The United States Medical Licensing (USMLE) program has announced that, come January 2022, its Step 1 exam scoring will be evaluated by pass/fail rather than a 3-digit number. This news has not been taken lightly by students and physicians, as they are shocked by what is a rather significant reform. Medscape Medical News covers the full story here. 

Some exams will still be scored numerically, such as the Step 2 Clinical Knowledge exam as well as Step 3. This change addresses the significant problem of students spending too much time revising for Step 1 while neglecting their medical education, because Step 1 is weighed too heavily in the process of becoming a certified physician. The numerical scoring of Step 1 required the student to memorize a plethora of science details that might or might not be relevant for their desired field. Getting the highest score possible on an exam is not necessarily a good measure of how a student can apply basic medical knowledge to a practical setting. This new scoring change will hopefully take the pressure off students and allow them to focus on important experiential work. 

However, some are wary that this new scoring means that the pressure will shift from high scores to other personal advantages when being selected for residency programs. Those with better letters of recommendation from more prestigious universities and more money to spend on applications may have an advantage. The question is whether the medical community is risking an even deeper disparity in privilege when it comes to residency programs.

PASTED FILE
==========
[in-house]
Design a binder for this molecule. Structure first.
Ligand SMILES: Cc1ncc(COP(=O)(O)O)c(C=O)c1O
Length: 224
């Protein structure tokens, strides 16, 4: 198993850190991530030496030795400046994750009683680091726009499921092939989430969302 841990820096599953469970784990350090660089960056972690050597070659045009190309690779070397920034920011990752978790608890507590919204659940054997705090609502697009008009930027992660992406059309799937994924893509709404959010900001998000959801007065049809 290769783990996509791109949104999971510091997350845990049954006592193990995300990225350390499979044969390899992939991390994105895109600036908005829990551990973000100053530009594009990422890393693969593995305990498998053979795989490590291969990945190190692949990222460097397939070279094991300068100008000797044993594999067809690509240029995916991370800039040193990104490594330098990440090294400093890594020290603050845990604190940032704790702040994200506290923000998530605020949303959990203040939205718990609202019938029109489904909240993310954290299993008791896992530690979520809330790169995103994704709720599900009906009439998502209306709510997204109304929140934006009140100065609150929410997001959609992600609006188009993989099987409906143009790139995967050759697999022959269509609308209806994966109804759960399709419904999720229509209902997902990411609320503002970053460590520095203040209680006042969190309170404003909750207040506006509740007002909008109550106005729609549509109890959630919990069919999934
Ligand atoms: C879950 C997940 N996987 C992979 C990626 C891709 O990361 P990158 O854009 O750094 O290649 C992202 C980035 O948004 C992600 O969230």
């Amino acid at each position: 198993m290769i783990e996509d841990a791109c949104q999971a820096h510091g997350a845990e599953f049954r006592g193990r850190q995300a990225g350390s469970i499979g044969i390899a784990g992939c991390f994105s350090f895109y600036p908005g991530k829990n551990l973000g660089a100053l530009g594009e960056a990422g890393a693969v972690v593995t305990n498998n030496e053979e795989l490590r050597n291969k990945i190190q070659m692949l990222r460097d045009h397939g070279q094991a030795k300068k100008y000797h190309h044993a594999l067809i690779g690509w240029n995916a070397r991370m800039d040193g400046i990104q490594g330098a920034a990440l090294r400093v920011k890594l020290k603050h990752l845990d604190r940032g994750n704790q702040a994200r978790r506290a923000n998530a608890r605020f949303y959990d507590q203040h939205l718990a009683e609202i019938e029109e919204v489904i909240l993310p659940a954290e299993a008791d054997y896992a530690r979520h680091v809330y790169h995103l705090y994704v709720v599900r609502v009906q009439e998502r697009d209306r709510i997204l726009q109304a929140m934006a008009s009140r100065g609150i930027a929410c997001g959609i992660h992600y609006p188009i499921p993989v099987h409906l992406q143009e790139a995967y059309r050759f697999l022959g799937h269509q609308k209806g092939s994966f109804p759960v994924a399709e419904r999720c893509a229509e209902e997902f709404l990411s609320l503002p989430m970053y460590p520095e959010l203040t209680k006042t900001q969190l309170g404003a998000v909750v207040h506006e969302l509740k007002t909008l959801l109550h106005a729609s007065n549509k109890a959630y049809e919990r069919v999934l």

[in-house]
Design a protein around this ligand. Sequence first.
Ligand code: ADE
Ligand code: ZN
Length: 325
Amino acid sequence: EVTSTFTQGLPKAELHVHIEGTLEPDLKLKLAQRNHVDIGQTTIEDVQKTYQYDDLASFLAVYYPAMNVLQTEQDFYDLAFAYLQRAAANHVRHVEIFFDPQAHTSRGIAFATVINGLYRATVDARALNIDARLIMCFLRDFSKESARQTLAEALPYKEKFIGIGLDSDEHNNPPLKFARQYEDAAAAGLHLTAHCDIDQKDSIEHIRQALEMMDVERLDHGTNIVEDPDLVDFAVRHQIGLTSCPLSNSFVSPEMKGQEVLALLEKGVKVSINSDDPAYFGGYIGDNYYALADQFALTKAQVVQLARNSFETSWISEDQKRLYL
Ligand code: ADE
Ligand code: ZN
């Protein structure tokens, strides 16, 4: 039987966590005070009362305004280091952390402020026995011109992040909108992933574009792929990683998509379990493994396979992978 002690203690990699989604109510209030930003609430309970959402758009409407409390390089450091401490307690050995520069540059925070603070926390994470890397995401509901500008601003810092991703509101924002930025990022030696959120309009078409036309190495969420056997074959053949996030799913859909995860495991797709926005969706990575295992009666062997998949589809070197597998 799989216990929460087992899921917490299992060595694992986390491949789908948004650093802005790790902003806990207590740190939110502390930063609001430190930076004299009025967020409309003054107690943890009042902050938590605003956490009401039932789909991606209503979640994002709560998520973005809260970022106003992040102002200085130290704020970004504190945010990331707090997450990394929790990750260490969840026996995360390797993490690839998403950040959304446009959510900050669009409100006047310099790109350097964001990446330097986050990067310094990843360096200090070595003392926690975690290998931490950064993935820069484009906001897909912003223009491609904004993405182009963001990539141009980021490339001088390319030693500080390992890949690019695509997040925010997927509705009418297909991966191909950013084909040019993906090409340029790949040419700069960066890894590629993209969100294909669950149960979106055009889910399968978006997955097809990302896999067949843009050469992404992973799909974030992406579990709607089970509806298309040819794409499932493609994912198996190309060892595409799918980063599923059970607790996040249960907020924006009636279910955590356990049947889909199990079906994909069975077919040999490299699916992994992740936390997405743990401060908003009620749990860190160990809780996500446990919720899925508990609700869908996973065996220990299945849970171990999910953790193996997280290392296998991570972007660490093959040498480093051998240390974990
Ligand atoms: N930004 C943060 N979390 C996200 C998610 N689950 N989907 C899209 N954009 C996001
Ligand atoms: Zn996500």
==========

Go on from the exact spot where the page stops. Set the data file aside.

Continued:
There are now questions about whether the Step 2 Clinical Knowledge exam is next to switch to a pass/fail system, as anxiety may shift from Step 1 to Step 2 after the Step 1 pass/fail reform. Some physicians have noticed that over the past 10 or 15 years, exams like Step 1 and Step 2 have turned into an absolute measure of someone’s eligibility for specific residency programs rather than a supplement to their well-rounded experience. Caps on the number of applications students can send out would encourage students to apply to programs that truly interest them and allow program directors to give more comprehensive evaluations. It seems as though the Step 1 pass/fail change is a great place to start, but there is still more progress to be made in the fair academic evaluation of prospective physicians. 

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This post was written by McKenzie Cline